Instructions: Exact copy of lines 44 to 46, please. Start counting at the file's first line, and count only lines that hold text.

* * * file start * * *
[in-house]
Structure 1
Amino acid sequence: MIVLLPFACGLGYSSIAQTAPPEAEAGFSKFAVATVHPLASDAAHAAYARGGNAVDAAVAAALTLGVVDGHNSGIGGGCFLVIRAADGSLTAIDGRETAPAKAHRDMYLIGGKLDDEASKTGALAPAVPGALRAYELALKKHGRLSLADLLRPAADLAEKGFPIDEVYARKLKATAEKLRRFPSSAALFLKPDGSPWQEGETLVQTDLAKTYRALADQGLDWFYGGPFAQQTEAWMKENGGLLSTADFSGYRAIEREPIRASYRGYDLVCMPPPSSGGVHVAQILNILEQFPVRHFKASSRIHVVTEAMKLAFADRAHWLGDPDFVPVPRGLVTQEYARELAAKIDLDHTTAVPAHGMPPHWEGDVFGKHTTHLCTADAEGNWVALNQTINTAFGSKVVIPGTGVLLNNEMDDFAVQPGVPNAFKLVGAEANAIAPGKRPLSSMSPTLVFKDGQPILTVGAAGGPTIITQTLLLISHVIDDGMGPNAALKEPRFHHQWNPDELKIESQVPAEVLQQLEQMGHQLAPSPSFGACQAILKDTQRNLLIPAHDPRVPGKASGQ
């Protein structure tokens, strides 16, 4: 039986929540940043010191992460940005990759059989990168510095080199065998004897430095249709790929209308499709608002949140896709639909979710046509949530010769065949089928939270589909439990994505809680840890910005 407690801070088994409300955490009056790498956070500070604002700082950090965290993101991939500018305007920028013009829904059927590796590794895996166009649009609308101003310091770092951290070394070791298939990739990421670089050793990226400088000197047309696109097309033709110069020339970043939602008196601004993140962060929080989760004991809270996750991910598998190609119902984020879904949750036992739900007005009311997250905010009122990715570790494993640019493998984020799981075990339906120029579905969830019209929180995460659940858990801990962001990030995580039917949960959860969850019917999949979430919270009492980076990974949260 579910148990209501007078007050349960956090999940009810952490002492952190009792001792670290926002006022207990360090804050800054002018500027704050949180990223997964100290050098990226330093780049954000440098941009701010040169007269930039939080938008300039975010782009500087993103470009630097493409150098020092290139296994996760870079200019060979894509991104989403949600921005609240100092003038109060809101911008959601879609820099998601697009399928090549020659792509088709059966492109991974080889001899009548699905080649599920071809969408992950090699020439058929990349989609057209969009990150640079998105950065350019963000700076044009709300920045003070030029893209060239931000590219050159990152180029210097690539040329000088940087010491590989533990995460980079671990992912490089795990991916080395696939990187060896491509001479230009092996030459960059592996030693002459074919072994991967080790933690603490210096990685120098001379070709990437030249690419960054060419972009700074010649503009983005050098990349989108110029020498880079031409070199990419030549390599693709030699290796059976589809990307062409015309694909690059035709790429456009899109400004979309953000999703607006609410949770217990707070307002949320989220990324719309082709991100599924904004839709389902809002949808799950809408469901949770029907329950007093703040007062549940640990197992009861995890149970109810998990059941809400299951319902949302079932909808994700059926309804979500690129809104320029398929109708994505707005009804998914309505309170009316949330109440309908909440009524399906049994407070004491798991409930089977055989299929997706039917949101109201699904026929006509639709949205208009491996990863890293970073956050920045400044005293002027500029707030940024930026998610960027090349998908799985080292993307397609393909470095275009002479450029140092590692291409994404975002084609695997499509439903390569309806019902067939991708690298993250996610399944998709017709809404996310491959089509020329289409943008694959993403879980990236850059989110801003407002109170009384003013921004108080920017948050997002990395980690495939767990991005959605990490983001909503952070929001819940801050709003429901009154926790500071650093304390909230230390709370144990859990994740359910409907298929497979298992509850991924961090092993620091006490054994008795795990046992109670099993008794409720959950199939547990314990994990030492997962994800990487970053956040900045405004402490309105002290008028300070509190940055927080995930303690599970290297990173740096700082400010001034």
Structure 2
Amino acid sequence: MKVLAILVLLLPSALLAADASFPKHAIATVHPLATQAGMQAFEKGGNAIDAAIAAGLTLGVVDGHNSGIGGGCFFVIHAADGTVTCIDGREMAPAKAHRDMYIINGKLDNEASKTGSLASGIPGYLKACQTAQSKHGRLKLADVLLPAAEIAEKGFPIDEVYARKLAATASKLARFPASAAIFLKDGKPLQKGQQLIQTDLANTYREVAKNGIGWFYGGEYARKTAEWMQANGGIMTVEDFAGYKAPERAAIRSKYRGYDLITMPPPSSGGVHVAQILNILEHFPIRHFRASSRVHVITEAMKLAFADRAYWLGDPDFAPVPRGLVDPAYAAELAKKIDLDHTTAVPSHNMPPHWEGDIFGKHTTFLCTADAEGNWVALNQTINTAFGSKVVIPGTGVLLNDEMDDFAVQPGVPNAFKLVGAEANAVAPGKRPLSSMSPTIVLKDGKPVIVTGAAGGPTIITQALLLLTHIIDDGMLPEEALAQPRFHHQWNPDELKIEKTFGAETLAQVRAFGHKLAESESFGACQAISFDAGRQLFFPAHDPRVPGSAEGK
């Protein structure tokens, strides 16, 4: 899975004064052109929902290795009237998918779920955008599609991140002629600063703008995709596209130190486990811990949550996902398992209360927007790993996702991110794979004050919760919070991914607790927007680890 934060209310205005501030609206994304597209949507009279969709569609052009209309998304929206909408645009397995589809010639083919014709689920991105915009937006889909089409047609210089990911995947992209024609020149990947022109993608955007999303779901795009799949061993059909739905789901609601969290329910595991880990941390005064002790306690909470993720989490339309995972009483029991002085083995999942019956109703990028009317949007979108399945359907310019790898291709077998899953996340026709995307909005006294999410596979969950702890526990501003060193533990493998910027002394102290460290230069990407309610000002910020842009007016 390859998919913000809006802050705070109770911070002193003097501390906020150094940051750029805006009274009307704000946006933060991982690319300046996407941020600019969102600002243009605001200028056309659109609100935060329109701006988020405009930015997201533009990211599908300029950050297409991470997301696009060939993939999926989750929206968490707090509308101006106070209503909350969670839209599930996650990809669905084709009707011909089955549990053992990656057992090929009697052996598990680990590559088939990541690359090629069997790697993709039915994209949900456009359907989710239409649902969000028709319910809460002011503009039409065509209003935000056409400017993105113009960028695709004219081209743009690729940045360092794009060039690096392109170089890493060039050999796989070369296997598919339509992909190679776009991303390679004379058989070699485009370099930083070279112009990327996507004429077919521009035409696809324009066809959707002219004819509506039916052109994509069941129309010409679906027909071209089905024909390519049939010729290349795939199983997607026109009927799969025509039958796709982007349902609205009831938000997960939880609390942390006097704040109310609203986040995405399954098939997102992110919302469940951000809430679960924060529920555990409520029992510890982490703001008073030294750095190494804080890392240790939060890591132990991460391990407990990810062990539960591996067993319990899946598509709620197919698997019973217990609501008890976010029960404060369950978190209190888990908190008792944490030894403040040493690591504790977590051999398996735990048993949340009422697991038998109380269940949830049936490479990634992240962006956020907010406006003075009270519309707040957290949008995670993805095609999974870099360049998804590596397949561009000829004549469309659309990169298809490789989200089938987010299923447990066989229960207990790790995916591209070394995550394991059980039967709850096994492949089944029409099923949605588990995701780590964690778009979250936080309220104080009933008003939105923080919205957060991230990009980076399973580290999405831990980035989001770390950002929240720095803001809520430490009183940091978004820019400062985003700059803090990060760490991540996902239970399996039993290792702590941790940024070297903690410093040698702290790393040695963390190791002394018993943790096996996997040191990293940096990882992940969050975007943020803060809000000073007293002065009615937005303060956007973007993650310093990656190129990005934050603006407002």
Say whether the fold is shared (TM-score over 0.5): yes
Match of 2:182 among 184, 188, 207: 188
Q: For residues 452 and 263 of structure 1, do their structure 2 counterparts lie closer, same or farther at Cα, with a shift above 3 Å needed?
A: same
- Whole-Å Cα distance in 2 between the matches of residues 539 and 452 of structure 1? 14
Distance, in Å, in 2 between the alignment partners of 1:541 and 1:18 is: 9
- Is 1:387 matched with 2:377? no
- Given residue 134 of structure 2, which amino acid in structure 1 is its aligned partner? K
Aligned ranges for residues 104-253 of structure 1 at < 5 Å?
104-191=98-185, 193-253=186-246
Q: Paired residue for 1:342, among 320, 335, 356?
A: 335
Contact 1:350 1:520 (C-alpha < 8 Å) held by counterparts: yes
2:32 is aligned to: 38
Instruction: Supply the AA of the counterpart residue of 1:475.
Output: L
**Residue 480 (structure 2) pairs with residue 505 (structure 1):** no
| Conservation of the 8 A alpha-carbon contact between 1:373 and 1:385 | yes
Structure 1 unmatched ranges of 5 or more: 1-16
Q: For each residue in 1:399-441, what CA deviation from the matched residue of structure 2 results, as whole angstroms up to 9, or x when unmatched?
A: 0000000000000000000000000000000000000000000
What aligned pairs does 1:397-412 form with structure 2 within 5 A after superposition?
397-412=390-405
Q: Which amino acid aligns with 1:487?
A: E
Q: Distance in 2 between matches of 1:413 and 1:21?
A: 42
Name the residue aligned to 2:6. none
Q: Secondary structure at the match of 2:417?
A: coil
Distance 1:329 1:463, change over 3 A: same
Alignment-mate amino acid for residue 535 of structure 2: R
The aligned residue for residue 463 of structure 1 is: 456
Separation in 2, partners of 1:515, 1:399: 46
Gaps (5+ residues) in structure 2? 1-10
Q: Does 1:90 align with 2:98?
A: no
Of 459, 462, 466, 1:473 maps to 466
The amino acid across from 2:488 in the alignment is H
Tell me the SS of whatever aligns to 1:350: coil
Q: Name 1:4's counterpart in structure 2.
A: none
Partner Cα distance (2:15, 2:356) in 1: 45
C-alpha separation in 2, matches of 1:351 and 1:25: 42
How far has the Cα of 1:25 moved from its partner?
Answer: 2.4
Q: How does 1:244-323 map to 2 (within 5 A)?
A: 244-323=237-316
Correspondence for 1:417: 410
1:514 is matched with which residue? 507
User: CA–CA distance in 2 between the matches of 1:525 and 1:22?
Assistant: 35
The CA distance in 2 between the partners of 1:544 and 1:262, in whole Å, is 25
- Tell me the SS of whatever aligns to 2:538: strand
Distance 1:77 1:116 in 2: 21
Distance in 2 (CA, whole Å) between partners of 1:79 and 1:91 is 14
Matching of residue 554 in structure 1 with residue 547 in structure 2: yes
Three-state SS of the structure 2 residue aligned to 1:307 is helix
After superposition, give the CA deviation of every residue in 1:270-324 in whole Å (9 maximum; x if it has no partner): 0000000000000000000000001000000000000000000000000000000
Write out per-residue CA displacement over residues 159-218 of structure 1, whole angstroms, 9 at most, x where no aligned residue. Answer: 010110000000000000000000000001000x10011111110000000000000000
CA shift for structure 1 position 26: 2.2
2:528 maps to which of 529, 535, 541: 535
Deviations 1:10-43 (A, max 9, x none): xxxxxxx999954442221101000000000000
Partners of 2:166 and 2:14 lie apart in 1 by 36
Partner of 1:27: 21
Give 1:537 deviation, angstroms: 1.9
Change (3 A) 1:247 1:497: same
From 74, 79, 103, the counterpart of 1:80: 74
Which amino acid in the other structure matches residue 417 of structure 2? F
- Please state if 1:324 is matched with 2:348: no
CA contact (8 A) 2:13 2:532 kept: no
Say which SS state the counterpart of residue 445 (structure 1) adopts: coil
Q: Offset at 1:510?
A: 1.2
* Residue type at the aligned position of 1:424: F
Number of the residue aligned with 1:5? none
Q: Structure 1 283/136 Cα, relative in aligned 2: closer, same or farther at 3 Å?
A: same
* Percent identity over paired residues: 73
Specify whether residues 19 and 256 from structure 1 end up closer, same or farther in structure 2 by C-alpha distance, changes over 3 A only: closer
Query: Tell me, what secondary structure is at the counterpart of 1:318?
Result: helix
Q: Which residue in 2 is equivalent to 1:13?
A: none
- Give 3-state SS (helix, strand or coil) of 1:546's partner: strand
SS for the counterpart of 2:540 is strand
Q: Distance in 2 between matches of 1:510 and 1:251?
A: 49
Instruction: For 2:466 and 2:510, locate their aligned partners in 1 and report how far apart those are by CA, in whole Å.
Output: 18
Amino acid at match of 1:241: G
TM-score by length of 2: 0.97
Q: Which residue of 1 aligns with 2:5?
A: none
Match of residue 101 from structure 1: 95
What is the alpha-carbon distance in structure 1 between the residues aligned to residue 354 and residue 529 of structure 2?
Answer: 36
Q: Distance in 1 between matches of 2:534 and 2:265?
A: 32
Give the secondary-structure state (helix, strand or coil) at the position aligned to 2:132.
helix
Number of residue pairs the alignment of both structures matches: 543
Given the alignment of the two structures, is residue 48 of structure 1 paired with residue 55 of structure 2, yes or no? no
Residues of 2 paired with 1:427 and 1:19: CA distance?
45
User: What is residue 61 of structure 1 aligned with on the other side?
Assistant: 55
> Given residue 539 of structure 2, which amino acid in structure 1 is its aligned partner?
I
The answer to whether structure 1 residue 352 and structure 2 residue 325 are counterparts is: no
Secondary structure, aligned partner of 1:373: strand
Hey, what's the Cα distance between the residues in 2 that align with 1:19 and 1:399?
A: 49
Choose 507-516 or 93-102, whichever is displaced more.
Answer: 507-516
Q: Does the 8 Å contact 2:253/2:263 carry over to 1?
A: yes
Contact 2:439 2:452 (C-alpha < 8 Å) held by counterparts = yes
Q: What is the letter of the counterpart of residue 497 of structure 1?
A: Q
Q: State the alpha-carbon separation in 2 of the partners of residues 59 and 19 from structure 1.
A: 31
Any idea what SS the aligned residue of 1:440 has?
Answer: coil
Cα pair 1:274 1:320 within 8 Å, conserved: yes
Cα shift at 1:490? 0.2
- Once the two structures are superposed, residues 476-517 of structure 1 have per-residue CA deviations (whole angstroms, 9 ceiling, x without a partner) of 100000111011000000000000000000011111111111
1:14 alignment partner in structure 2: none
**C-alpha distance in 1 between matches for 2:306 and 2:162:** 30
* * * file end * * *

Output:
A: no
Of 459, 462, 466, 1:473 maps to 466
The amino acid across from 2:488 in the alignment is H